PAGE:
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Common Problems: Netball Injuries


This month at Fine Form Physio we take a look at Netball Injuries.


In 2006, over 593,900 Australians over the aged of 15 played netball 1. Data shows that the lower limb (knee and ankle) is the main body region injured accounting for 62% of all netball injuries 2. Due to the fast-pace and cutting nature of the sport, the likelihood of knee and ankle injuries is much higher. Common netball injuries of the knee and ankle include:

ACL tear
Ankle sprain

ACL tear

What it is

The ACL is a ligament that prevents excessive movement of the tibia (shin bone) on the femur (thigh bone). Most ACL injuries occur from a non-contact mechanism, commonly landing from a jump or a cutting manoeuvre.

Signs and symptoms

  • Signs

  • Hearing a 'pop'

  • Loss of full knee movement

  • Result from landing after jumping or change of direction

  • Symptoms:

  • Knee pain

  • Swelling

  • Knee instability

Treatment

MRI is needed to confirm an ACL tear and surgical review is necessary in most cases. Surgery involves using a graft ACL to replace the original – this is usually grafted from the hamstring tendon. Physiotherapy management of an ACL injury occurs in 6 steps:

  1. Prehabilitation: preparation of surgery. The goals of this stage is to achieve full knee movement, increase knee strength and stability

  2. Recovery from surgery: this involves reduce swelling with ice, compression, and elevation, wean off crutches and achieve full knee movement

  3. Strengthening: strengthening all legs muscles including the hamstrings, quadriceps, glutes and calf. Typical exercises include squats, bridges, lunges etc.

  4. Running, agility, and landings: re-introducing straight-line running, z-runs, sprinting, change of direction, jumping and landing

  5. Return to sport: this involves training the athlete to return to sport i.e. sport specific-drills for the position the athlete plays. For example, a mid-court will require more endurance whereas a goal-keeper requires a lot of jumping, landing and quick change of direction

  6. Injury prevention: exercises to add into a warm-up to prevent re-injury


Prevention

Most sports have a knee-specific injury prevention program available for all levels and ages to use to prevent ANY knee injury - not just ACL alone. Netball Australia have developed and released the "the KNEE program".

The KNEE program allows you to select the level of netball performed i.e. junior, recreational or elite and outlines netball specific exercises designed to prevent injury. At a recreational level, the program composes of four components:

  1. Warm-up/footwork

  2. Strength

  3. Balance/landing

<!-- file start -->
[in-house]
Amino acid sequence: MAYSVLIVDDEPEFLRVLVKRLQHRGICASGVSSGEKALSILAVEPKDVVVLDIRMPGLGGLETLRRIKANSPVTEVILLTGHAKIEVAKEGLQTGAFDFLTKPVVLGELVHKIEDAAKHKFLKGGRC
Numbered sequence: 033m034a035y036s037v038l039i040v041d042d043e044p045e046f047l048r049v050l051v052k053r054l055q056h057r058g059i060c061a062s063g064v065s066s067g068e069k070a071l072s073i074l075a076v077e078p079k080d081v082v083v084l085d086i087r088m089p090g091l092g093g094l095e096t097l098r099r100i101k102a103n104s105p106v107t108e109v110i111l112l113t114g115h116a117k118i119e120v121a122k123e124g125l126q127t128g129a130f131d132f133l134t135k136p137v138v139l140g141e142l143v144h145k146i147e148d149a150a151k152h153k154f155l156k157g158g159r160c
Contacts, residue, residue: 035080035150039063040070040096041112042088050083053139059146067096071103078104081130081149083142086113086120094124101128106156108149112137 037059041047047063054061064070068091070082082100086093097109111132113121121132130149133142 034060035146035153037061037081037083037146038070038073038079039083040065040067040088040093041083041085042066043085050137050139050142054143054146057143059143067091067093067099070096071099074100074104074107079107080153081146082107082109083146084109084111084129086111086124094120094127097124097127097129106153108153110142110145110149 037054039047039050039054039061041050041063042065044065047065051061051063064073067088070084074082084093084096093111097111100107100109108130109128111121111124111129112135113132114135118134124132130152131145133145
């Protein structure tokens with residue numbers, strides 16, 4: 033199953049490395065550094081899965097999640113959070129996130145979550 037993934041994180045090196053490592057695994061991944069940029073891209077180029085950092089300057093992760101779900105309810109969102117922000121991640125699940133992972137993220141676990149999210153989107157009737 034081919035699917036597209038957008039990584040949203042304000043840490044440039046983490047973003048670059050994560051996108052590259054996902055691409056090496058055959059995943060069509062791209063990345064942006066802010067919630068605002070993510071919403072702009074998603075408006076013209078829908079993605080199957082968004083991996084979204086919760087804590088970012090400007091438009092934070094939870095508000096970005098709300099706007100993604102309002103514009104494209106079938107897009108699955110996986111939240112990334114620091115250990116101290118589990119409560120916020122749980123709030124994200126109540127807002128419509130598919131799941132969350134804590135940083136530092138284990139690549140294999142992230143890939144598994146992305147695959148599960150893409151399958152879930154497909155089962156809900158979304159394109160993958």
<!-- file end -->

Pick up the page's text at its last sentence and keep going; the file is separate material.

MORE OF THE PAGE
4. Agility

This program should be routinely performed and incorporated into training sessions.

Ankle Sprain

What it is

Ligaments are rope-like structures designed to connect bone to bone and restrict excessive movement between two bones. At the ankle joint, there are multiple ligaments that work together to provide stability. The most common ankle sprain is called an inversion injury, where the foot rolls in and the ligaments on the outside of the ankle are overstretched or torn. Ankle sprains may be classified by either:

  • Grade I

  • Grade II

  • Grade III

Signs and symptoms

  • Signs:

  • Feeling unstable at the ankle/loss of balance

  • Landing on the outside of your foot

  • Stepping on another player's foot

  • Symptoms:

  • Swelling

  • Bruising

  • Pain over the ankle


Treatment

Depending on the cause of injury and the amount of swelling and bruising, x-ray and ultrasound of the ankle may be indicated - a Physiotherapist will be able to determine if this is necessary. Treatment and healing timeframes of an ankle injury depend on the grade of injury. The main aims of treatment are:

  1. Acute management - Ice, compression, and elevation

  2. Restore full movement

  3. Restore strength

  4. Running, agility, and landings

  5. Return to sport

  6. Injury prevention

Prevention

Studies show once you have had one ankle sprain, it significantly increases your risk of re-injury. Therefore, prevention of re-injury is of utmost importance. Injury prevention exercises should focus on strengthening the calf muscles and performing balance and landing exercises.

The use of additional support for the ankle has been rigorously debated over the years. High quality studies recommend the use of lace-up braces or rigid tape over compression socks or kinesiotape (elastic). However, the use of external support such as an ankle brace should not be the only preventative measure for ankle injury. A combination of bracing and exercise should be prioritised to prevent re-injury 3.

If you are currently recovering from either of these common netball injuries or would like an individualised program to prevent injury for the upcoming indoor netball season or pre-season preparation for 2022, book in to see one of our highly skilled Physiotherapists at Fine Form Physiotherapy.


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COME SEE US AT FINE FORM PHYSIOTHERAPY WE ARE OPEN AND READY TO HELP YOU. If you are in need of treatment, please do give us a call at FINE FORM PHYSIO 02 8068 6776.

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